1/11/2008 - Review by: Etiam
Never reaches the higher plateau that it should
For a band that changes its style and lead vocalist more often than most metal bands change drummers, Amorphis is doing remarkably well. In fact, their popularity is as high today as ever, in large part due to newcomer Tomi Joutsen taking over vocal duties from Pasi Koskinen in 2005. The ensuing renaissance first produced ‘Eclipse’, one of Amorphis’s most critically acclaimed releases, and in 2007 offers ‘Silent Waters’, the band’s eighth studio album.
The first impression of ‘Silent Waters’ is that it is in most respects very similar to its predecessor. While this is the logical and expected result for most bands, Amorphis never seemed to be one to retread old ground. Still, while ‘Silent Waters’ does strike a blow against Amorphis’s tradition of experimentation, considering the great success of ‘Eclipse’ it should come as no surprise. The Amorphis of today seems quite comfortable in their role and rightly so—few bands can pump out well-crafted, straightforward, and highly melodic metal tunes with their kind of confidence and distinction.
Although the song structures of ‘Silent Waters’ are simple, Amorphis have always had a deft hand at layering—clean backing vocals, strummed acoustic guitars, filling synth chords—that compliment Koivusaari’s direct riffing patterns. As primary songwriter (and guitarist), Holopainen continues to join rock rhythms with folk-inspired melodies as seamlessly as ever, and balances well with Tomi’s diverse vocals in the leading role.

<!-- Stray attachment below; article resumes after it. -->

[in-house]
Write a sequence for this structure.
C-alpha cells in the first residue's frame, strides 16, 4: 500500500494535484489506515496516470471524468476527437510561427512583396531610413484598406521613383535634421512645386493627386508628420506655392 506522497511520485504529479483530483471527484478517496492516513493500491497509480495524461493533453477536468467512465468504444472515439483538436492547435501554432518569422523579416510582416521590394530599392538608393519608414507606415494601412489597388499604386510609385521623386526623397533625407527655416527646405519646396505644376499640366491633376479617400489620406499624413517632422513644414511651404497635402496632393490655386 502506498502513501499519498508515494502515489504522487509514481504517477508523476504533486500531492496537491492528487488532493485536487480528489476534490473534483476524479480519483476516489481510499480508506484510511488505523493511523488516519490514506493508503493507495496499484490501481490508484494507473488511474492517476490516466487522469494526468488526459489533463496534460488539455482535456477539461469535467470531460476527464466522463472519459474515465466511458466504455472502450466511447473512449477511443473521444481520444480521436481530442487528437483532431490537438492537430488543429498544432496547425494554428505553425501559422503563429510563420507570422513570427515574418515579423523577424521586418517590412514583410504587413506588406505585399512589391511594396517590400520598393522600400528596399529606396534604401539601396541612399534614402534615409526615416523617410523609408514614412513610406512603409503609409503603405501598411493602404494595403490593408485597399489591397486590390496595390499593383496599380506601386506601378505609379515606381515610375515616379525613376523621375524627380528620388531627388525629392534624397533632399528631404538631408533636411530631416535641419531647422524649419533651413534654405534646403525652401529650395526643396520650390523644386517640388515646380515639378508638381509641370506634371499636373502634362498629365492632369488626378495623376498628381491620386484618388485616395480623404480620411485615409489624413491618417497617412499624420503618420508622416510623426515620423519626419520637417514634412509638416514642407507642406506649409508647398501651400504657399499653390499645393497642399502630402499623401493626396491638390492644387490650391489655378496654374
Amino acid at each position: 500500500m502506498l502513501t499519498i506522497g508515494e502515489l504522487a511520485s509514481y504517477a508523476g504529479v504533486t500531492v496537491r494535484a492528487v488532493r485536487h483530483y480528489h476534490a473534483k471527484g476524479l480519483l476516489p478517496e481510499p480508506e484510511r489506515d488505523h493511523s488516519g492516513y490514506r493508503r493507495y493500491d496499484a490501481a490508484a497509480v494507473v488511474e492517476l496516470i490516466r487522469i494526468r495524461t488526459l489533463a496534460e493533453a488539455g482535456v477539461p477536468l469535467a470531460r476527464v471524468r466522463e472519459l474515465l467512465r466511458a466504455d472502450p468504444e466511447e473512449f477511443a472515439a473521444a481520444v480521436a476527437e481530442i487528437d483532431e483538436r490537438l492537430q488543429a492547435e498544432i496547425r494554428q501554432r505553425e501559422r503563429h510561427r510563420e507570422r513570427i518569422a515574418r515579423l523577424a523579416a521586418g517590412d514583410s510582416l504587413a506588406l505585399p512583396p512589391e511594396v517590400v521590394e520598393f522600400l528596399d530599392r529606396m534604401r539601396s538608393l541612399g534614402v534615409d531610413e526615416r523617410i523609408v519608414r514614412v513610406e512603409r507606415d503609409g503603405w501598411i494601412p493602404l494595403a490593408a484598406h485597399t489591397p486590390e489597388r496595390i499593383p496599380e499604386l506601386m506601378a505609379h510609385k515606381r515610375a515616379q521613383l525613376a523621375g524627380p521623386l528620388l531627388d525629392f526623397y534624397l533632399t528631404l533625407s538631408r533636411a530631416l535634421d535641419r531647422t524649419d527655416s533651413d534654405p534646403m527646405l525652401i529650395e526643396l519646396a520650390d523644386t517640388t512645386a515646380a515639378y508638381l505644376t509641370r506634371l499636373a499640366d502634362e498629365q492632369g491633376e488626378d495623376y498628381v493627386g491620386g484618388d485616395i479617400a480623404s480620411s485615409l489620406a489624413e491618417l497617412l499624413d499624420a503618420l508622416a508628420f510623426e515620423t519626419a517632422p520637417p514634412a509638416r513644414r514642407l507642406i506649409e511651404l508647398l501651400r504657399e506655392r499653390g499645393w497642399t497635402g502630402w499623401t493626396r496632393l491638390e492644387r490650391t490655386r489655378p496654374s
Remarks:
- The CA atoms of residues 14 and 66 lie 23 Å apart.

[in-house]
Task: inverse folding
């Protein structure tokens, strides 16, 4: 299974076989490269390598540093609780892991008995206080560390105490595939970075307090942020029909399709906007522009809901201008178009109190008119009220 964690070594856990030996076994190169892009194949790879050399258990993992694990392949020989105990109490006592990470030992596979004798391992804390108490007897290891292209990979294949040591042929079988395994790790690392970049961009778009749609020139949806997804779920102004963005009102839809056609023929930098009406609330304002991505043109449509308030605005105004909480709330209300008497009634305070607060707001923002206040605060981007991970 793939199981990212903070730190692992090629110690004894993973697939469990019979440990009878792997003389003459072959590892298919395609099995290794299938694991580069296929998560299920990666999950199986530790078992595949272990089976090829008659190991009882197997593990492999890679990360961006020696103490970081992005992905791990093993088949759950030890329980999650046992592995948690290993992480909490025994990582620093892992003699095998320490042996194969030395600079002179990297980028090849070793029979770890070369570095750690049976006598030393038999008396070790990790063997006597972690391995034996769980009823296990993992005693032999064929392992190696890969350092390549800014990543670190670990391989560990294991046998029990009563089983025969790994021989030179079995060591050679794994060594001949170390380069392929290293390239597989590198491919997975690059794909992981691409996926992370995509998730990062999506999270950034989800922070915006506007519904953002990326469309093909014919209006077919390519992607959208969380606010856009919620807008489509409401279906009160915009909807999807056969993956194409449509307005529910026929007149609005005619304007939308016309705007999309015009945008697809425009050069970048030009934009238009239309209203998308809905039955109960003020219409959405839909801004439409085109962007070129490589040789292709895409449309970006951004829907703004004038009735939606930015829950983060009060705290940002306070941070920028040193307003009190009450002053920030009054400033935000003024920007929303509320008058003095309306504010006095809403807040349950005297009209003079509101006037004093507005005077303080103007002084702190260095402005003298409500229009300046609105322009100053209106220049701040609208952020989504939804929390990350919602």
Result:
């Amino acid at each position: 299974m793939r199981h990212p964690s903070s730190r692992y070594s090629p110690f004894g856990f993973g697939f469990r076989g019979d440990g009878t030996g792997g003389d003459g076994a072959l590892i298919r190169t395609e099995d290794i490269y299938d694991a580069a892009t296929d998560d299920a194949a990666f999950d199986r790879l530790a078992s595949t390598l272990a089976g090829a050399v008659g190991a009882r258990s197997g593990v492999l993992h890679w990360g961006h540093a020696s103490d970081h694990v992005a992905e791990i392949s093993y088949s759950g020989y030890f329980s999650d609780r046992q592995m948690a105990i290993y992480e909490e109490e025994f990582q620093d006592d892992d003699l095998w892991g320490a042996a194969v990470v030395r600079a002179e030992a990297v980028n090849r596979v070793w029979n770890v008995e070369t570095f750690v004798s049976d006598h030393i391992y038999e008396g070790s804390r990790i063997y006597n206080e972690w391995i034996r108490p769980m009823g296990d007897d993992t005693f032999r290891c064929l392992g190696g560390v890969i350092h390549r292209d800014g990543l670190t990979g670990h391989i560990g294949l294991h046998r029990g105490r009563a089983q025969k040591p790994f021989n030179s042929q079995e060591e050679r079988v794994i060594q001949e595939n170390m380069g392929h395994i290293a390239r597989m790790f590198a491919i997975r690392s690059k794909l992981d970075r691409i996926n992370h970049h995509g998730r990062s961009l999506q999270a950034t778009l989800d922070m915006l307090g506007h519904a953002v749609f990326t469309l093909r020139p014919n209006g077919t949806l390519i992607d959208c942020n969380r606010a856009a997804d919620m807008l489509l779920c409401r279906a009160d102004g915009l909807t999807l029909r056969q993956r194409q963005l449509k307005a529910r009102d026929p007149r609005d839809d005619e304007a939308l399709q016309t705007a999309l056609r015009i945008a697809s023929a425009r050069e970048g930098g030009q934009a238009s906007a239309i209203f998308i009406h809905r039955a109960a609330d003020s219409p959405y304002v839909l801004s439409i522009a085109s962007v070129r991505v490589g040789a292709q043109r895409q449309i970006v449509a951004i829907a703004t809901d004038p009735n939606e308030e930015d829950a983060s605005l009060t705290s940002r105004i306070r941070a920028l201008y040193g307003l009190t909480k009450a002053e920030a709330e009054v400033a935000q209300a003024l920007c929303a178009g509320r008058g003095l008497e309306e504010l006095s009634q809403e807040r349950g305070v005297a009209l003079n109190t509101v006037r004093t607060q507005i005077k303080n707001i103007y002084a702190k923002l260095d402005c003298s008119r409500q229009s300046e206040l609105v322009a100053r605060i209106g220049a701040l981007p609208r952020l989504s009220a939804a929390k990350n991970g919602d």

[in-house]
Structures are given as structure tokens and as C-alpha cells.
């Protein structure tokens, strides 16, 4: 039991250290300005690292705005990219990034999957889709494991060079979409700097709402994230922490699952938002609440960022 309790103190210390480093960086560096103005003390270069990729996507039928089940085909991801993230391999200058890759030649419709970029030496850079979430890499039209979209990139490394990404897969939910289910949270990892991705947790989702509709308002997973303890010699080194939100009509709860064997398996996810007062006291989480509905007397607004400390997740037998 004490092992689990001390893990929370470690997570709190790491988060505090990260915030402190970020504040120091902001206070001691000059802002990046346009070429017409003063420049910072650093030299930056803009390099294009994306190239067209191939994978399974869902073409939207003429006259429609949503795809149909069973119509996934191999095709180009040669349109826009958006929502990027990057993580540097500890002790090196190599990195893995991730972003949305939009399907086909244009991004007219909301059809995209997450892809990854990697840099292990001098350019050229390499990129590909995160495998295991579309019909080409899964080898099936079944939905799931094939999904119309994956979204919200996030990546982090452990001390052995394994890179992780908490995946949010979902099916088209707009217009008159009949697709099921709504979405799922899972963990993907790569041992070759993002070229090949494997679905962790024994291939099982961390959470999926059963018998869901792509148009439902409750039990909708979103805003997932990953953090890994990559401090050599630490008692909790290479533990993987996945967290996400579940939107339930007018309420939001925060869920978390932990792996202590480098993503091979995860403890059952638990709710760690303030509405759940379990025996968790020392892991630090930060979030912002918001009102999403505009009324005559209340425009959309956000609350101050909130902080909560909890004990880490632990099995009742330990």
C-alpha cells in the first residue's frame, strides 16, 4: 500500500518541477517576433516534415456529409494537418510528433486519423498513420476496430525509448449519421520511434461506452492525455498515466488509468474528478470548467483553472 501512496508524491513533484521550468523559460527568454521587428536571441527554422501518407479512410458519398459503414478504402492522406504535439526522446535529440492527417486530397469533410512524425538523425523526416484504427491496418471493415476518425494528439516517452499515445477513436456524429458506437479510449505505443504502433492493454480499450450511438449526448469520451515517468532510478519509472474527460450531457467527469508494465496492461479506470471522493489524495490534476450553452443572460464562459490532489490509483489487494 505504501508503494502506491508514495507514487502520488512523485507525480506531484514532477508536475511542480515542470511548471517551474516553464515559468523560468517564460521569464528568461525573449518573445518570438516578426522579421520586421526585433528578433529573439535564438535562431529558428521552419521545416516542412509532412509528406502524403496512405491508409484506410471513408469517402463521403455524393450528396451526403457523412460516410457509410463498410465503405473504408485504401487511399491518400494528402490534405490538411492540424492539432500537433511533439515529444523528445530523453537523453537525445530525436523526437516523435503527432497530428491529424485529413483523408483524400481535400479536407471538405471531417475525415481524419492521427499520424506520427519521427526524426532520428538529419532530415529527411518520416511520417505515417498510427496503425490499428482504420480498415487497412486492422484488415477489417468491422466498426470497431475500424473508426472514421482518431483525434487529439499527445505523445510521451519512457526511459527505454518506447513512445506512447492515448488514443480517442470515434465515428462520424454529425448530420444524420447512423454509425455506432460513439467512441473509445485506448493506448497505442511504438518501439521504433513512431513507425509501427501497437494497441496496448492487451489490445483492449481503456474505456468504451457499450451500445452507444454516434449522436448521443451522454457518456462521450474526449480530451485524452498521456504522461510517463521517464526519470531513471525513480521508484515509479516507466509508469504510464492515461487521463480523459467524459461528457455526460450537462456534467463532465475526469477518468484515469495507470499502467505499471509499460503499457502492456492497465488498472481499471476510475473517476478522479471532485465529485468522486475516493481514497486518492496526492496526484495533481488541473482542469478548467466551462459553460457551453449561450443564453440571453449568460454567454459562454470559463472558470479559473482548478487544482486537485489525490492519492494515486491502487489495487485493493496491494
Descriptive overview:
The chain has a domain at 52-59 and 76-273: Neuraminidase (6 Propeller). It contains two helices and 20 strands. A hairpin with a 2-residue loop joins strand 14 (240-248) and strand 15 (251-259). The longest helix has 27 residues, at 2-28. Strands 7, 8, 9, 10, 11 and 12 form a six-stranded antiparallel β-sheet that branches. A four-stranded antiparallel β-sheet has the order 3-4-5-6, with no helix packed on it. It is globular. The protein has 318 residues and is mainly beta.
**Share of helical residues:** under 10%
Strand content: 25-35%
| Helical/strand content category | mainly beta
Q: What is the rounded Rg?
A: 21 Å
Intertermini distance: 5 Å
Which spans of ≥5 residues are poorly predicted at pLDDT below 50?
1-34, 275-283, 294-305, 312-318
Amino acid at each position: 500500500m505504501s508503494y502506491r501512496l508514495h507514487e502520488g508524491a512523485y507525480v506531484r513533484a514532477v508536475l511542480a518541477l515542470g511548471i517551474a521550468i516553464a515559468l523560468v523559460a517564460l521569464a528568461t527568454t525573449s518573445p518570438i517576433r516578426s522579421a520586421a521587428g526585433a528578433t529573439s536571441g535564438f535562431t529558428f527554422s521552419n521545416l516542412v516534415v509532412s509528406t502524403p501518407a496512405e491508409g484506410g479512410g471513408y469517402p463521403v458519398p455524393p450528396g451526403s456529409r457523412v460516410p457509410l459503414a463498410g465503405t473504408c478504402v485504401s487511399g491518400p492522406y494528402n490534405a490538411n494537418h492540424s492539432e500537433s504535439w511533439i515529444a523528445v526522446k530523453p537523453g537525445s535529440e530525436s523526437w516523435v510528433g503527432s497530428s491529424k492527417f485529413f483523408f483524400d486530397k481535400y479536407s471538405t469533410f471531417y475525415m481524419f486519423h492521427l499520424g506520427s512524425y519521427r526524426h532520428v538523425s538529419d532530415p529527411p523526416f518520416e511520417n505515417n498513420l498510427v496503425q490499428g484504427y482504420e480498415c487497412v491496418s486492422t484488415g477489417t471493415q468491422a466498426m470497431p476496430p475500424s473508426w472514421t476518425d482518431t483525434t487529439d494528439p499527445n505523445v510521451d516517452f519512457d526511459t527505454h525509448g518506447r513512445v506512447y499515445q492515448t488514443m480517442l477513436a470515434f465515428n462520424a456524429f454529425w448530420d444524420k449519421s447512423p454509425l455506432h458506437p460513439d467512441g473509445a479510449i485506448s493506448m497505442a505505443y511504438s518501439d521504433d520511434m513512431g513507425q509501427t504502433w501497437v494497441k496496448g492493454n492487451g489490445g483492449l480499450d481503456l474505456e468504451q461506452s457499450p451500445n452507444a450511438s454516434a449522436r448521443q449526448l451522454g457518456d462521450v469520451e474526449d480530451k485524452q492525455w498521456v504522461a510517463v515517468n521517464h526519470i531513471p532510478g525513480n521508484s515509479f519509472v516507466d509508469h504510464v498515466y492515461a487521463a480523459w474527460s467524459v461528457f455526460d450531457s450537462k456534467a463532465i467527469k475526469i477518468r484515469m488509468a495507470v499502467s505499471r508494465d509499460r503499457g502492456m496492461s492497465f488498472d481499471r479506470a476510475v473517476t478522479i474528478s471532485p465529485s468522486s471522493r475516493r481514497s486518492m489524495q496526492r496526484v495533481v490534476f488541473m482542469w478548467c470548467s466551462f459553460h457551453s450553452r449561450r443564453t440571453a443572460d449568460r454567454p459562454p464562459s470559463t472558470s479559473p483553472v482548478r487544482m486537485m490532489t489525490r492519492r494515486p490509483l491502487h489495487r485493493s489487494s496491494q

Still, ‘Silent Waters’ never reaches the higher plateau that it should. A good number of its songs are engaging and fun, but most draw from the same predictable chord progressions, and for all the time devoted to soloing, blessed few are worth remembering. Although ‘Silent Waters’ features plenty of diversity, from up-tempo harsh vocal songs to ballads to rock anthems, all the tracks have a similarly glossy feeling that doesn’t leave much of a lasting impression. One trick in particular that begins to wear thin is the use of ascending fourths as climaxes. Popular musicians have used this tool for decades to great success, but it appears so often on ‘Silent Waters’ that most songs telegraph their endings before the halfway point.
Much of Amorphis’s early appeal drew from a sense of folksy mysticism, and while some semblance of it remains, today’s Amorphis is more glamorous than substantial. Now that they have decided to focus on the path to rock stardom, though, this transition cannot be considered too startling or severe a disappointment. For fans who enjoy Amorphis’s newer material, ‘Silent Waters’ will no doubt be very appealing, but some of us remain who prefer their older, more intimate era.